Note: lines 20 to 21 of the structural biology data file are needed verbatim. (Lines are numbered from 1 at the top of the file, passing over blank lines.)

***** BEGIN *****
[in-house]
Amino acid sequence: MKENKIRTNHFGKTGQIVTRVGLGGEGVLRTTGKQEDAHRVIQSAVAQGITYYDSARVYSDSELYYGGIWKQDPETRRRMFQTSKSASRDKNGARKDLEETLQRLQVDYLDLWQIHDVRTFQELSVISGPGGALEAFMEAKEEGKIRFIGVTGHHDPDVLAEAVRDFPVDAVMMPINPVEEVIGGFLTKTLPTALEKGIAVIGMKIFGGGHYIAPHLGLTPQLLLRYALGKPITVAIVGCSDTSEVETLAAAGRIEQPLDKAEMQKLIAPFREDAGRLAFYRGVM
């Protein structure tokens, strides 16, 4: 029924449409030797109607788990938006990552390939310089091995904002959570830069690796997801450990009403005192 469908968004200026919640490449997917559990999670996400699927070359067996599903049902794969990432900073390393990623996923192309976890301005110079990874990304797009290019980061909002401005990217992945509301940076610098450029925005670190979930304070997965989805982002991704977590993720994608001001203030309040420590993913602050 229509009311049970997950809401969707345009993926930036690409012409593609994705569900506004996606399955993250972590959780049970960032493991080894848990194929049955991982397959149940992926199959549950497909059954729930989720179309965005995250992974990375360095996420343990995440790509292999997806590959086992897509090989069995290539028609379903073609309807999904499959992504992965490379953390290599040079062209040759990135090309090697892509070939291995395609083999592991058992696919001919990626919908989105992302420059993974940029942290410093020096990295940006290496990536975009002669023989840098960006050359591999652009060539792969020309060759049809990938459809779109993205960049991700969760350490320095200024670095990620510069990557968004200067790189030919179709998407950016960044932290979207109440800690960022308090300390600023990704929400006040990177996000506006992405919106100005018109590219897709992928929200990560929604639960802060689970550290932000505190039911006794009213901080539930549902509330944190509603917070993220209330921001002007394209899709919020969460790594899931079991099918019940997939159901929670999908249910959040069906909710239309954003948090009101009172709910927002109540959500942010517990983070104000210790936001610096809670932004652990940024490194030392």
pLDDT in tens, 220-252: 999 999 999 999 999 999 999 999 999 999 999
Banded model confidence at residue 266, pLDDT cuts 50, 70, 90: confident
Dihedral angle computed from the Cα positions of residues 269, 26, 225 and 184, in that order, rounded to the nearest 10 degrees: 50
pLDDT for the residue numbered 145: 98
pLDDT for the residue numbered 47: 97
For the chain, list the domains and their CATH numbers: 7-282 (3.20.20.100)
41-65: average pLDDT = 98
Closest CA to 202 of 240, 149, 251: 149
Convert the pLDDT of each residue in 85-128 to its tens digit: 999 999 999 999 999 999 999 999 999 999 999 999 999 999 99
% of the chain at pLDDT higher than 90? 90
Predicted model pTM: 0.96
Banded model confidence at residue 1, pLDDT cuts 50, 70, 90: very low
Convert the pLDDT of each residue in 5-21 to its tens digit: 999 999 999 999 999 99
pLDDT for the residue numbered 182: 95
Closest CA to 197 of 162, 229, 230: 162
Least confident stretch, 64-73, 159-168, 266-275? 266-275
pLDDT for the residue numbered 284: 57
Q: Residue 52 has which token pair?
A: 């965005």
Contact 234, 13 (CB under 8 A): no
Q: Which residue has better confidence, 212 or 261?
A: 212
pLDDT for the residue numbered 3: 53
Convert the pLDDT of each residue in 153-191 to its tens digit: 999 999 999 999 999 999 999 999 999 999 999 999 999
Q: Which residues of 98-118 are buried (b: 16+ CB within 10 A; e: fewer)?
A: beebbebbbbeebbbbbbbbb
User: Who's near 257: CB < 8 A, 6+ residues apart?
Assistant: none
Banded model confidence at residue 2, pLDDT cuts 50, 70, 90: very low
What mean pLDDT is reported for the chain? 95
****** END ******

pLDDT for the residue numbered 284: 57
Q: Residue 52 has which token pair?